Quality of Life Research

, Volume 26, Issue 6, pp 1493–1505 | Cite as

Framing of mobility items: a source of poor agreement between preference-based health-related quality of life instruments in a population of individuals receiving assisted ventilation

  • Liam M. HannanEmail author
  • David G. T. Whitehurst
  • Stirling Bryan
  • Jeremy D. Road
  • Christine F. McDonald
  • David J. Berlowitz
  • Mark E. Howard



To explore the influence of descriptive differences in items evaluating mobility on index scores generated from two generic preference-based health-related quality of life (HRQoL) instruments.


The study examined cross-sectional data from a postal survey of individuals receiving assisted ventilation in two state/province-wide home mechanical ventilation services, one in British Columbia, Canada and the other in Victoria, Australia. The Assessment of Quality of Life 8-dimension (AQoL-8D) and the EQ-5D-5L were included in the data collection. Graphical illustrations, descriptive statistics, and measures of agreement [intraclass correlation coefficients (ICCs) and Bland–Altman plots] were examined using index scores derived from both instruments. Analyses were performed on the full sample as well as subgroups defined according to respondents’ self-reported ability to walk.


Of 868 individuals receiving assisted ventilation, 481 (55.4%) completed the questionnaire. Mean index scores were 0.581 (AQoL-8D) and 0.566 (EQ-5D-5L) with ‘moderate’ agreement demonstrated between the two instruments (ICC = 0.642). One hundred fifty-nine (33.1%) reported level 5 (‘I am unable to walk about’) on the EQ-5D-5L Mobility item. The walking status of respondents had a marked influence on the comparability of index scores, with a larger mean difference (0.206) and ‘slight’ agreement (ICC = 0.386) observed when the non-ambulant subgroup was evaluated separately.


This study provides further evidence that between-measure discrepancies between preference-based HRQoL instruments are related in part to the framing of mobility-related items. Longitudinal studies are necessary to determine the responsiveness of preference-based HRQoL instruments in cohorts that include non-ambulant individuals.


AQoL-8D EQ-5D-5L Mobility Quality of life Respiratory insufficiency Non-invasive ventilation 


Compliance with ethical standards


LMH received financial support in the form of a Postgraduate Scholarship from the National Health and Medical Research Foundation (Australia).

Conflict of interest

DGTW and SB are members of the EuroQol Group. CFM has been an advisory board member for Pfizer, Boehringer Ingelheim, Astra Zeneca, and Novartis, and has received lecture fees from GlaxoSmithKline. MEH has received an unrestricted research Grant and travel support from ResMed and an equipment loan from Philips Respironics. LMH, DJB, and JDR declare no conflicts of interest.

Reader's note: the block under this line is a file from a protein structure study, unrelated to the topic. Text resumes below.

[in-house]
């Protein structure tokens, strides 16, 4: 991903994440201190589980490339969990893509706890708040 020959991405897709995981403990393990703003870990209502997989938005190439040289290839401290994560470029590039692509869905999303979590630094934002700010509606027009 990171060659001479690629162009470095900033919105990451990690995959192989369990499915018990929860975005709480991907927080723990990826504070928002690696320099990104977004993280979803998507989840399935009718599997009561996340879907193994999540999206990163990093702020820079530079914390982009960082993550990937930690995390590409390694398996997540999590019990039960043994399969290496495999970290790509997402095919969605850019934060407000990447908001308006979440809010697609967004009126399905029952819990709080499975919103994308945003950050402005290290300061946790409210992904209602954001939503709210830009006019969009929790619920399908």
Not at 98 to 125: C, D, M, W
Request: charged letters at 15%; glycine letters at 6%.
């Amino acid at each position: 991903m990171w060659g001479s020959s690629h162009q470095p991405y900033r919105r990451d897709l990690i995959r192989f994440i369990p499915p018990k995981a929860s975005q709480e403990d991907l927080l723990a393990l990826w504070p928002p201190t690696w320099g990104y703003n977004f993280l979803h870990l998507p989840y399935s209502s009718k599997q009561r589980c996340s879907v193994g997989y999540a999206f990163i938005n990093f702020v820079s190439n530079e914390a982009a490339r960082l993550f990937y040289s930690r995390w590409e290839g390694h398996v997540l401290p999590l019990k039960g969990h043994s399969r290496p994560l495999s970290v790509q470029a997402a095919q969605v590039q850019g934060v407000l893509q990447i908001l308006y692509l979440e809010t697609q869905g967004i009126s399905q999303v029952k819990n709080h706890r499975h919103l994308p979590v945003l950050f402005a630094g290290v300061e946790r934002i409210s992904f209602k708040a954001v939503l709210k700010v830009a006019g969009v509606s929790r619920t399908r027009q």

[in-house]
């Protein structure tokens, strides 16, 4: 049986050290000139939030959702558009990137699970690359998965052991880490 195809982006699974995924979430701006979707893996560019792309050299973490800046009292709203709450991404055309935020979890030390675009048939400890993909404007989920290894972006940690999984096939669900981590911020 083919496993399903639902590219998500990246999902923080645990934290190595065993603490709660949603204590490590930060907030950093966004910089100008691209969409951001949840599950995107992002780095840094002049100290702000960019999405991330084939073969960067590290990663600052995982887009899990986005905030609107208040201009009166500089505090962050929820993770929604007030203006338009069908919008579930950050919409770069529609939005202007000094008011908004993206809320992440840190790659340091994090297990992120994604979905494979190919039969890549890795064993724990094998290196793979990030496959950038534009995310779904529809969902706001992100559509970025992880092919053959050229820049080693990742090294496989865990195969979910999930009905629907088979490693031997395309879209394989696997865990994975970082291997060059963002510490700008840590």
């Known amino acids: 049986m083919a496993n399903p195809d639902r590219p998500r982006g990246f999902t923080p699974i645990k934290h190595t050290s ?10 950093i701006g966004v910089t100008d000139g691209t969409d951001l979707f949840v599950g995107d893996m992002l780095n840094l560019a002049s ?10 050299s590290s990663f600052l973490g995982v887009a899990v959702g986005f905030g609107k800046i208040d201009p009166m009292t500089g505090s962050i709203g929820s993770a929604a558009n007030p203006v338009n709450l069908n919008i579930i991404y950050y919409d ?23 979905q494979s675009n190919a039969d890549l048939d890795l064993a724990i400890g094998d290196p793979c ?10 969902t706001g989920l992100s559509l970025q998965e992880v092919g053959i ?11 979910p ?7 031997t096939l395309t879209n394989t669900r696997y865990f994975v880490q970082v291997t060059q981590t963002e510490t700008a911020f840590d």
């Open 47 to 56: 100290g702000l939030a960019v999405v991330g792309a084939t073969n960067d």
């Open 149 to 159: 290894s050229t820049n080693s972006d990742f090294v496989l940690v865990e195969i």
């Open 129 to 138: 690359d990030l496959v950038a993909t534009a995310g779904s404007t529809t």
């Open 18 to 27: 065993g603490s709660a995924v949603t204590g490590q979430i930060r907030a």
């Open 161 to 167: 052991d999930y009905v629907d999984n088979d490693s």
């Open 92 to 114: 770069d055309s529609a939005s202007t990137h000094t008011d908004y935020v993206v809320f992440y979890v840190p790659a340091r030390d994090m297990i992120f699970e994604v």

Ethical approval

All procedures performed involving human participants were in accordance with the ethical standards of the institutional research committees [University of British Columbia Clinical Research Ethics Board (approval H12-01479) and the Austin Health Research Ethics Committee (approval H2012/04850)] and with the 1964 Helsinki declaration and its later amendments or comparable ethical standards.

Informed consent

Informed consent was obtained from all individual participants included in the study.


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Copyright information

© Springer International Publishing Switzerland 2017

Authors and Affiliations

  • Liam M. Hannan
    • 1
    • 2
    • 3
    • 4
    Email author
  • David G. T. Whitehurst
    • 5
    • 6
    • 7
  • Stirling Bryan
    • 7
    • 8
    • 9
  • Jeremy D. Road
    • 10
    • 11
  • Christine F. McDonald
    • 1
    • 2
    • 3
    • 4
  • David J. Berlowitz
    • 1
    • 2
    • 3
    • 4
  • Mark E. Howard
    • 1
    • 2
    • 3
    • 4
  1. 1.Institute for Breathing and SleepAustin HealthHeidelbergAustralia
  2. 2.Department of Respiratory and Sleep MedicineAustin HealthVictoriaAustralia
  3. 3.Medicine, Dentistry, and Health ScienceUniversity of MelbourneVictoriaAustralia
  4. 4.Victorian Respiratory Support ServiceAustin HealthVictoriaAustralia
  5. 5.Faculty of Health SciencesSimon Fraser UniversityBurnabyCanada
  6. 6.International Collaboration on Repair Discoveries (ICORD), Faculty of MedicineUniversity of British ColumbiaVancouverCanada
  7. 7.Centre for Clinical Epidemiology and EvaluationVancouver Coastal Health Research InstituteVancouverCanada
  8. 8.School of Population and Public HealthUniversity of British ColumbiaVancouverCanada
  9. 9.Health Economics Research UnitUniversity of AberdeenAberdeenUK
  10. 10.Department of MedicineUniversity of British ColumbiaVancouverCanada
  11. 11.Provincial Respiratory Outreach ProgramVancouverCanada

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